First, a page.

Gravitas -- Karl Rove says Sarah Palin doesn't have it; hockey mom says she will run if there's nobody else
Gravitas. Webster's dictionary says that gravitas means "high seriousness (as in a person's bearing or in the treatment of a subject)." One of its examples is "The new leader has an air of gravitas that commands respect."
Former Bush advisor Karl Rove thinks the new(ish) leader and hockey mom Sarah Palin might have many things, but gravitas isn't on the top of the list.
In an interview with The Daily Telegraph, the man affectionately known as Turd Blossom said the former Alaska governor was fine as Sen. John McCain's running mate in 2008, but being commander-in-chief is a different story.
"Being the vice presidential nominee on the ticket is different from saying, 'I want to be the person at the top of the ticket,' " Rove told the British newspaper. "There are high standards that the American people have for [the presidency] and they require a certain level of gravitas, and they want to look at the candidate and say, 'That candidate is doing things that give me confidence that they are up to the most demanding job in the world.'"
And strangely, palling around with wild grizzlies and fishing in the Alaskan wilderness for a cable TV series doesn't impress Bush's Brain either when it comes to thinking about the next Republican nominee for president.
“With all due candor, appearing on your own reality show on the Discovery Channel, I am not certain how that fits in the American calculus of 'that helps me see you in the Oval Office,'" Rove said.
Palin isn't the first female conservative embraced by the "tea party" whom Rove has dissed. In September, Rove -- often hailed for putting Bush in office and keeping him there for two terms -- observed that Delaware GOP Senate nominee Christine O'Donnell says "nutty things" and said Republicans shouldn't support her.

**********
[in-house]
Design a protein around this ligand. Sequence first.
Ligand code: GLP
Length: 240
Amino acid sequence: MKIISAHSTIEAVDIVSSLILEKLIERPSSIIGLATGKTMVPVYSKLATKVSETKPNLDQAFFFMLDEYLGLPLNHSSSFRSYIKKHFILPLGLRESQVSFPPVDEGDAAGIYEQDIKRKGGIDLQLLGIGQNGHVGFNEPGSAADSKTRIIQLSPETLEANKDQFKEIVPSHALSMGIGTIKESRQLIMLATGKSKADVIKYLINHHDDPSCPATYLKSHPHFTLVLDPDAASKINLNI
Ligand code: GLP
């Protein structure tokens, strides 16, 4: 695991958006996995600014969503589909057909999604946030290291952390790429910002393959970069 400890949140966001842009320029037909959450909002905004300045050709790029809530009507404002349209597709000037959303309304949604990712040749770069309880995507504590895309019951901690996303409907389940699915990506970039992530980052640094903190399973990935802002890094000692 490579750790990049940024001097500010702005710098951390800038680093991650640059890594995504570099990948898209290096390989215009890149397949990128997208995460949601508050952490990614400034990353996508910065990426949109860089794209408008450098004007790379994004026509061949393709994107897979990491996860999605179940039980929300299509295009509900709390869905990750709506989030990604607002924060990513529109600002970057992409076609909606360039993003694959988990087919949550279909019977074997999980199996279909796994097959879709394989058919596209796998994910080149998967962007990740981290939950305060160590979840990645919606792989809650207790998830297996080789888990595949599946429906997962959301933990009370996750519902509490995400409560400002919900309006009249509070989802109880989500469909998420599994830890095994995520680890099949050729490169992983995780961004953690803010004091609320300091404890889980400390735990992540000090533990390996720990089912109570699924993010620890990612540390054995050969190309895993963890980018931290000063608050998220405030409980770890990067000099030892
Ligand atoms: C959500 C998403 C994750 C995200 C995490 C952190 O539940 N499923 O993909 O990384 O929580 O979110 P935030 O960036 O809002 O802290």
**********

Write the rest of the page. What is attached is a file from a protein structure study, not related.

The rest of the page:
"It does conservatives little good to support candidates who, at the end of the day, while they may be conservative in their public statements, do not evince the characteristics of rectitude and truthfulness and sincerity and character that the voters are looking for," Rove told Fox's Sean Hannity. "One thing that O'Donnell is now going to have to answer in the general election that she didn't in the primary is her own checkered background."
Back in September when Rove attacked O'Donnell, Palin advised him and other conservatives to "put aside internal power grabs and greed and egos" and "buck up."
"I have absolutely nothing against Karl Rove or any of the guys who have much fatter political resumes than I will ever have," Palin told Fox News last month, "but ... they need to realize that the time for primary debate is now obviously over, and it's time for unity because the time for choosing is here."
Rove might not have anything to worry about. When asked recently by "Entertainment Tonight's" Mary Hart if she is considering running in 2012, Palin said that she would if "there's nobody else to do it."
She would also need to feel good about several other factors. "It's going to entail a discussion with my family [and] a real close look at the lay of the land, to consider whether there are those with that common sense, conservative, pro-Constitution passion, whether there are already candidates out there who can do the job ... or whether there's nobody willing to do it, to make the tough choices and not care what the critics are going to say about you, just going forward according to what I think the priorities should be," Palin told Hart while the two sat in the former governor's home in Wasilla, Alaska.
Palin can already count on one vote in an important state. Former Florida Gov. Jeb Bush last month said that he would cast his vote for the maverick if she ran against Obama. Wonder who Rove would vote for?
-- Tony Pierce
Photo: Sarah Palin showing reporters the notes she wrote on her hand in June 2010. Credit: Associated Press